283. Dr Nathanson, Director of Professional Affairs, British Medical Association, told us that the lack of such a clause in the Bill would be "denying patients the possibility of a real benefit if they do not have the possibility of participating in research".[305] However she recognised the difficulty of implementing such legislation and said it would have to be "extremely carefully constructed in a way that ensures that there is no possibility that individuals can be victimised or experimented on or exploited in any way, but providing one tries to build a structure to avoid that, and I think it is possible to make such a structure, then I think there are real benefits".[306] When a person lacks the capacity to give consent, they should only be involved with medical research, if it is either in their best interests or if it is the only method of conducting research into their particular condition and everyone involved with the person is satisfied that this is a non-exploitative proposal which will not harm or distress the individual involved.

284. We understand that some people with disorders that affect decision-making capacity would be capable of deciding whether or not to participate in research. However a proportion would not. The legal circumstances at present whereby such a person might be involved in research were uncertain as research could rarely be said to be in a participant's immediate best interests and therefore research was not covered by the principles established through common law. We are concerned that if research were to take place in the absence of statute or any regulation the opportunity for abuse would be greater. It follows that the inclusion of statutory provisions governing such research would enable the ethical requirements that must underpin research involving people with incapacity to be clearly enshrined in statute.

285. Our attention has also been drawn to the European Clinical Trials Directive 2001, which seeks to implement uniform rules on the clinical trials of medicinal products and to require member states to draft specific legislation to do this, including making provision for the involvement of individuals who cannot consent. While this Directive is limited to trials of pharmaceutical products, it is possible that future European Directives may extend to other forms of medical research and trials of innovative treatment. There is therefore an argument to include in the draft Bill requirements for the authorisation and supervision of research involving people without capacity to consent, in order to comply with the Clinical Trials Directive and any relevant future European Directives.

286. We asked the BMA how such legislation could ensure that incapacitated people were not exploited. Dr Nathanson told us that "we would see the process as probably being based upon research ethics committees looking at protocols, fully understanding …that one part of their remit is to make sure that individuals who cannot necessarily talk for themselves or express their concerns - that it is their benefit and it is protecting them from exploitation".[307] The BPS supported the existing role played by ethics committees, but told us that the decision-making process of committees could be enhanced by legislation. Inclusion in the draft bill would also provide consistency of standards adhered to by the various ethics committees in England.[308]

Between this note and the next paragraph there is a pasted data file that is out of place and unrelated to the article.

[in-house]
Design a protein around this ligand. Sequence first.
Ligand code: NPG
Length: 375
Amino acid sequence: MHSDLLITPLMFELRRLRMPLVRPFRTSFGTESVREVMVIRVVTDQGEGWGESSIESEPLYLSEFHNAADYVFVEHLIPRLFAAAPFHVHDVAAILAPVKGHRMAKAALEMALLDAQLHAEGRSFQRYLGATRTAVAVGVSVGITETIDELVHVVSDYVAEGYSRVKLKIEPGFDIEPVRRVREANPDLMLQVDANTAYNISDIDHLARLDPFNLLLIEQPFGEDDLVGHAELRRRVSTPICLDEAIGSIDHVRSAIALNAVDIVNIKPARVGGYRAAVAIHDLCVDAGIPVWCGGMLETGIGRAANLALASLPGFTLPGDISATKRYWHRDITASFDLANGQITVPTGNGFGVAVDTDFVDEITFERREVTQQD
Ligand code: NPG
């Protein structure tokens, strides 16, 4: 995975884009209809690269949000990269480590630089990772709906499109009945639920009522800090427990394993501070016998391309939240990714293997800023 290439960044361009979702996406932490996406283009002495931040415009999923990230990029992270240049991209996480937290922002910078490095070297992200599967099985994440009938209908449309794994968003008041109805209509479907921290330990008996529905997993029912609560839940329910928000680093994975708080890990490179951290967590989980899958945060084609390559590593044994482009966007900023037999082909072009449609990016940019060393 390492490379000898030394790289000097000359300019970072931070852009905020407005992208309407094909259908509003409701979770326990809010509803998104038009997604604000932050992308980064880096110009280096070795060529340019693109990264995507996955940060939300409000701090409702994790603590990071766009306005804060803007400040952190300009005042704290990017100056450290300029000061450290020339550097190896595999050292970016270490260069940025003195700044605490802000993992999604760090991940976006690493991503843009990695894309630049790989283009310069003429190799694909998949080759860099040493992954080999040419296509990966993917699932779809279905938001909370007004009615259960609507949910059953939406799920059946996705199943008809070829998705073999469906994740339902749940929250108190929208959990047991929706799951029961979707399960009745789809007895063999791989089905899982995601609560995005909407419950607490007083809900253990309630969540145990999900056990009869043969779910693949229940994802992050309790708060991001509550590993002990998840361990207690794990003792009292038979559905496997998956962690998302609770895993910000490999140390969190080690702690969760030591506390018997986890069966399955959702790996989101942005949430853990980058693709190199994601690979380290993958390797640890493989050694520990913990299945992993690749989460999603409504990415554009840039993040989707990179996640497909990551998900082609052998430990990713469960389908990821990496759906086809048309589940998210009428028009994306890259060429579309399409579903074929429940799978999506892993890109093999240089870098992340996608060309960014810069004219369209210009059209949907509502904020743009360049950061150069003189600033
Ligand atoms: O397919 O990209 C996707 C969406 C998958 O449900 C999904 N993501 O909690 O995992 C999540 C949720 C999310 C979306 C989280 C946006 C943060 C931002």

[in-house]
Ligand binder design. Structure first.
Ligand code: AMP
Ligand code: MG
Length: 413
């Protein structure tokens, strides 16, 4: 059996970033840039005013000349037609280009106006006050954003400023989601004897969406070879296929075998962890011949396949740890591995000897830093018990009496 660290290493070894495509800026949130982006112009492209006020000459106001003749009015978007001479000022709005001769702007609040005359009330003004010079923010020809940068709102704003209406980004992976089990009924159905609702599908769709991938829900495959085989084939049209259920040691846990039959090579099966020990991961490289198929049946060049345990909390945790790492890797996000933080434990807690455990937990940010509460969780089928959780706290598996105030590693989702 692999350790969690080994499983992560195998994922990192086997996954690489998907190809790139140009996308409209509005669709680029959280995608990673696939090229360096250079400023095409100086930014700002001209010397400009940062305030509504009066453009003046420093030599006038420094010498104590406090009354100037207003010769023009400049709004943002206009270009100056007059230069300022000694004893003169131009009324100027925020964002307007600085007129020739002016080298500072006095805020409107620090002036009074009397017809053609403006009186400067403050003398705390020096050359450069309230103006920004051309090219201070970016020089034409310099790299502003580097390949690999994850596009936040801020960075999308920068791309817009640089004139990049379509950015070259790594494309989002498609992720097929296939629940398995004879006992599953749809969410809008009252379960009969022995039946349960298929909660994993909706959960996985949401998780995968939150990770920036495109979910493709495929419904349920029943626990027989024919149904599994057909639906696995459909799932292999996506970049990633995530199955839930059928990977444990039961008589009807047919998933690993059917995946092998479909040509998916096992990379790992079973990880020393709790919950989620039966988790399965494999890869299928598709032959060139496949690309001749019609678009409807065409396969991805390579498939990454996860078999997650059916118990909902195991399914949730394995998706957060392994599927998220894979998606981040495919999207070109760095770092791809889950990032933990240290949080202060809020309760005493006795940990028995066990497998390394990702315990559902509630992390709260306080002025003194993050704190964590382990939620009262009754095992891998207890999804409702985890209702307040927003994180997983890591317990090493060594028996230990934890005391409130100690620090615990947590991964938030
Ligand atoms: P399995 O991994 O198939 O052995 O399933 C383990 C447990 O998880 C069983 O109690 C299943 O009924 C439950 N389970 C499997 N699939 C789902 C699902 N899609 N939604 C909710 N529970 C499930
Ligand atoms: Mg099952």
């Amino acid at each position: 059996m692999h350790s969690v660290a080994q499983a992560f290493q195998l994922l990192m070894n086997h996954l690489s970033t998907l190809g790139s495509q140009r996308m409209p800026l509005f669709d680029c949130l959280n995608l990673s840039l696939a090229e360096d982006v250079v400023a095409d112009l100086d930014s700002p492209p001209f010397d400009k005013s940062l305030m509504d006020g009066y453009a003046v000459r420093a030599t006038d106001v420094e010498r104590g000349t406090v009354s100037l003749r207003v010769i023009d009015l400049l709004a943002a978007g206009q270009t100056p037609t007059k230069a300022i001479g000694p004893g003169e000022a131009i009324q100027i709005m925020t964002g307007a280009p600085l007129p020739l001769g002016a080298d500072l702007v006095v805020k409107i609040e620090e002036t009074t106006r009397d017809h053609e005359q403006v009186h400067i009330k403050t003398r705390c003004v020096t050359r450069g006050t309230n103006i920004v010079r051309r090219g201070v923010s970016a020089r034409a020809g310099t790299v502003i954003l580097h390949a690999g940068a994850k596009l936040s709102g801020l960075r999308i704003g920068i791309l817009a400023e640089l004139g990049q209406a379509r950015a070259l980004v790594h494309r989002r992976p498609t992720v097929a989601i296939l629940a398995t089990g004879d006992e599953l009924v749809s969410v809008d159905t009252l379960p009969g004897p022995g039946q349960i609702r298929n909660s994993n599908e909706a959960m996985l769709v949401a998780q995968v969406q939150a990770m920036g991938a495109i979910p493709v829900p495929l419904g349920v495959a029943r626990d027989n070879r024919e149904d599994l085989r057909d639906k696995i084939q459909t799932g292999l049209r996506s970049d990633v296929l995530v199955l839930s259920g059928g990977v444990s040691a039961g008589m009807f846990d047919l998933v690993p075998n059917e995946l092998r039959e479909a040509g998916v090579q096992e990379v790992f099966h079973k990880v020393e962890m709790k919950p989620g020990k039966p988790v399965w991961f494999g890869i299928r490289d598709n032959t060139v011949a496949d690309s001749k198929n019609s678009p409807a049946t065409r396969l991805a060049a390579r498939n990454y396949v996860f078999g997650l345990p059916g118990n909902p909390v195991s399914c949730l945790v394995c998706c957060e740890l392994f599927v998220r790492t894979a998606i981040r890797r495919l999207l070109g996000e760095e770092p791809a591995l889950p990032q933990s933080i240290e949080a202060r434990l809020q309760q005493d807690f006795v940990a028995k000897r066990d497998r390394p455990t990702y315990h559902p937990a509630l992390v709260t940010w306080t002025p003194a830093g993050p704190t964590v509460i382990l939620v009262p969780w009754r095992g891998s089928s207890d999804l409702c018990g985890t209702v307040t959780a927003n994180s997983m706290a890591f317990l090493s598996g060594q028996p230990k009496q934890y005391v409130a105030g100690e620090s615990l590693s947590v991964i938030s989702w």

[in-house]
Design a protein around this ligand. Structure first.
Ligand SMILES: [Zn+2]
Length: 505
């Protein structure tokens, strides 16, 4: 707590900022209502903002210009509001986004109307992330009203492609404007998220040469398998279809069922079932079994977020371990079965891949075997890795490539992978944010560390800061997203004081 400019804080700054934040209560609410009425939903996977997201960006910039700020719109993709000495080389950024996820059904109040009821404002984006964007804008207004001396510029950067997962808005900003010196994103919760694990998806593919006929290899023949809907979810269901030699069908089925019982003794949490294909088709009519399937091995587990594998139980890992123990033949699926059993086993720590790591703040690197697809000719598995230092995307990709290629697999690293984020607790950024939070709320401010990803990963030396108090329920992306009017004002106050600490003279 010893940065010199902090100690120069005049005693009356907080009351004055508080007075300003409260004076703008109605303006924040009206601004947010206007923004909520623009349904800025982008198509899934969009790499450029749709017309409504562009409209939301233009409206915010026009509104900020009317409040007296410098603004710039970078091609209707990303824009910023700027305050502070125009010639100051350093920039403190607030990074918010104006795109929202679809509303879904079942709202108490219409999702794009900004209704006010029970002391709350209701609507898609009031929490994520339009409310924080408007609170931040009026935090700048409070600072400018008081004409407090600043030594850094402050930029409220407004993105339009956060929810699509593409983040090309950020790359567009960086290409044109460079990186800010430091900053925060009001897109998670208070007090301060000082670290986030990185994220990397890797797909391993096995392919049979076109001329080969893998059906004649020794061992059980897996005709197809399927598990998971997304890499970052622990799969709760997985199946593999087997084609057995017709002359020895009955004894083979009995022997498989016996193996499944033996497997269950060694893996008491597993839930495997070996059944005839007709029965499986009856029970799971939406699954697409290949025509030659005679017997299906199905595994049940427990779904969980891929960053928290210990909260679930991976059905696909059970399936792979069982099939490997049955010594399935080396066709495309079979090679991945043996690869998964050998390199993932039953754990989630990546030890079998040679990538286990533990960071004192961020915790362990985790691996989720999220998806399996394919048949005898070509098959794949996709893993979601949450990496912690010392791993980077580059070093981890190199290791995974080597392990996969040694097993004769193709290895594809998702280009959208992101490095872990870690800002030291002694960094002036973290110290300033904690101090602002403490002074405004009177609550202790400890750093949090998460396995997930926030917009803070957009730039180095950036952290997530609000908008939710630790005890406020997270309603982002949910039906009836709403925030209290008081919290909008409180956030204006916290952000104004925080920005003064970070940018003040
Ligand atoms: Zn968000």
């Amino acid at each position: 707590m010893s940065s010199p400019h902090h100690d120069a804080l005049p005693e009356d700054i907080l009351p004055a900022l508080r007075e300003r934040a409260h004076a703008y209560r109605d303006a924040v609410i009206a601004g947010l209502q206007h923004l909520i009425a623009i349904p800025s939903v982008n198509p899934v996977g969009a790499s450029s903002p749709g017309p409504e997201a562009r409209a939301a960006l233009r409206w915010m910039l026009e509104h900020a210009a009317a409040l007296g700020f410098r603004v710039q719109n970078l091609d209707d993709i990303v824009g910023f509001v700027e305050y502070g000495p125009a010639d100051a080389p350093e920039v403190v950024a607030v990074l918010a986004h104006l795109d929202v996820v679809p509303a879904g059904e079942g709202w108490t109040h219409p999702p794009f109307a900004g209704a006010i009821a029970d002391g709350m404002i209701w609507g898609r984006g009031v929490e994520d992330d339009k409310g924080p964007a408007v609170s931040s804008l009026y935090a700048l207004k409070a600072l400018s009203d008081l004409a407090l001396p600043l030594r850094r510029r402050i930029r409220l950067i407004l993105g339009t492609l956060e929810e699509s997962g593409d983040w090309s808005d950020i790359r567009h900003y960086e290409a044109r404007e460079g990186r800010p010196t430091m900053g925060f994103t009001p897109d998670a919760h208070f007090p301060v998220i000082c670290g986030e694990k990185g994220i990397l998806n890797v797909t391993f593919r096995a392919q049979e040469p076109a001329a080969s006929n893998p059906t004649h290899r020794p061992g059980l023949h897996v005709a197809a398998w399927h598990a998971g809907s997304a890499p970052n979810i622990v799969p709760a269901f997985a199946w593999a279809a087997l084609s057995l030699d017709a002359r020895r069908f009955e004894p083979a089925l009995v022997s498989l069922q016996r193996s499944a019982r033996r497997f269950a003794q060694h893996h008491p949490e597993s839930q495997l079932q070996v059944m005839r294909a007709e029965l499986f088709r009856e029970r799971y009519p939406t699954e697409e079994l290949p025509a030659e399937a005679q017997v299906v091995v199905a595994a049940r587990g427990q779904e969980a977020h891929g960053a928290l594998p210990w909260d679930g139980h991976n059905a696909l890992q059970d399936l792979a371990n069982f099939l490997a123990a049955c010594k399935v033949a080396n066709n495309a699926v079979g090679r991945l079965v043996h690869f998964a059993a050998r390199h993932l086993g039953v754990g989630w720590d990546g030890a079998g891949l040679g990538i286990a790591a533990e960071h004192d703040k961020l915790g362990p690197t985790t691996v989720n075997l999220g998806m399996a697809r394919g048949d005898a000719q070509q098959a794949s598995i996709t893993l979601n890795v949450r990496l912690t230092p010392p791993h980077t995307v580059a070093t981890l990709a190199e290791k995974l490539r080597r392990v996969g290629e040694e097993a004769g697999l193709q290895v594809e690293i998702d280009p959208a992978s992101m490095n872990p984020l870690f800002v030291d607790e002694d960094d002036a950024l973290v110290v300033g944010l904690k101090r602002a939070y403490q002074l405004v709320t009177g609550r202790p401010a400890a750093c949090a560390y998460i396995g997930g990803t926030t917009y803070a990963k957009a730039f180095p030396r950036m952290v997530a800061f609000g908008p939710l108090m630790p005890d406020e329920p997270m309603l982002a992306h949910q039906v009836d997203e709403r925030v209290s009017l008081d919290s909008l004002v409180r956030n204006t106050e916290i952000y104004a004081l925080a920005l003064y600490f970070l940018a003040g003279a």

287. The BPS told us that Local Research Ethics Committees (LRECs) should be given powers to reduce the risk of exploitation on incapacitated adults. They told us that "LRECs should be given a formal legislative framework for their rulings in this area. There will be occasions where the research would involve interviewing a relative or carer and would not present unnecessary risk or exploitation of the individual concerned. However the BPS believe that the Mental Incapacity Bill should specifically require LRECs to insist that individual proxy consent be obtained for research participation by incapacitated persons.[309]

288. We conclude that a clause should be included in the Bill to enable strictly-controlled medical research to explore the causes and consequences of mental incapacity and to develop effective treatment for such conditions. This clause must include rigorous protocols to protect incapacitated adults from being exploited or harmed.

289. We therefore recommend that the Bill should set out the key principles governing research, such as those enshrined by the World Medical Association. Those key principles should include the following:

  • research involving people who may be incapacitated must be reviewed by a properly established and independent ethics committee and can only proceed if ethical permission is granted.
  • where a person has the capacity to consent then his decision whether or not to partake in research must be respected.
  • considerable care should be taken to ensure that under these circumstances consent to participate was freely given and not a consequence of coercion.
  • the inclusion of people in research, who lacked the capacity to consent, must only occur when such research has the potential for direct benefit to those with that particular problem and could not have been done through the involvement of those with capacity.
  • those undertaking research involving people lacking the capacity to consent must respect any indications that a person did not wish to participate (i.e. was dissenting).
  • any discomfort or risk involved in the research must be, at the most, minimal.

290. We further recommend that the Codes of Practice should set out the specific issues that ethics committees should be obliged to consider when any research includes people who may be incapacitated. These should include:

  • Whether the involvement of people who may be incapacitated is justified given the above.
  • Whether issues of consent and consultation with others has been properly been considered given the nature of the research.
  • Any other matters that seem relevant.

291. We also recommend that the Codes of Practice should define the duties of research ethics committees in relation to incapacitated adults. The Codes of Practice should state that these committees must include people from outside the medical profession.

300   Q73 (Dr Lyons, Professor McMillan, Dr Bowden) Back

301   Q73 (Dr Lyons, Professor McMillan, Dr Bowden) Back

302   Ev 104 MIB 824b para 3.2 Back

303   Ev 104 MIB 824b para 3.2 Back

304   Ev 104 MIB 824b para 3.2 Back

305   Q247 (Dr Nathanson) Back

306   Q247 (Dr Nathanson) Back

307   Q249 (Dr Nathanson) Back

308   Ev 120 MIB 1205 para 14 Back

309   Ev 120 MIB 1205 para 17 Back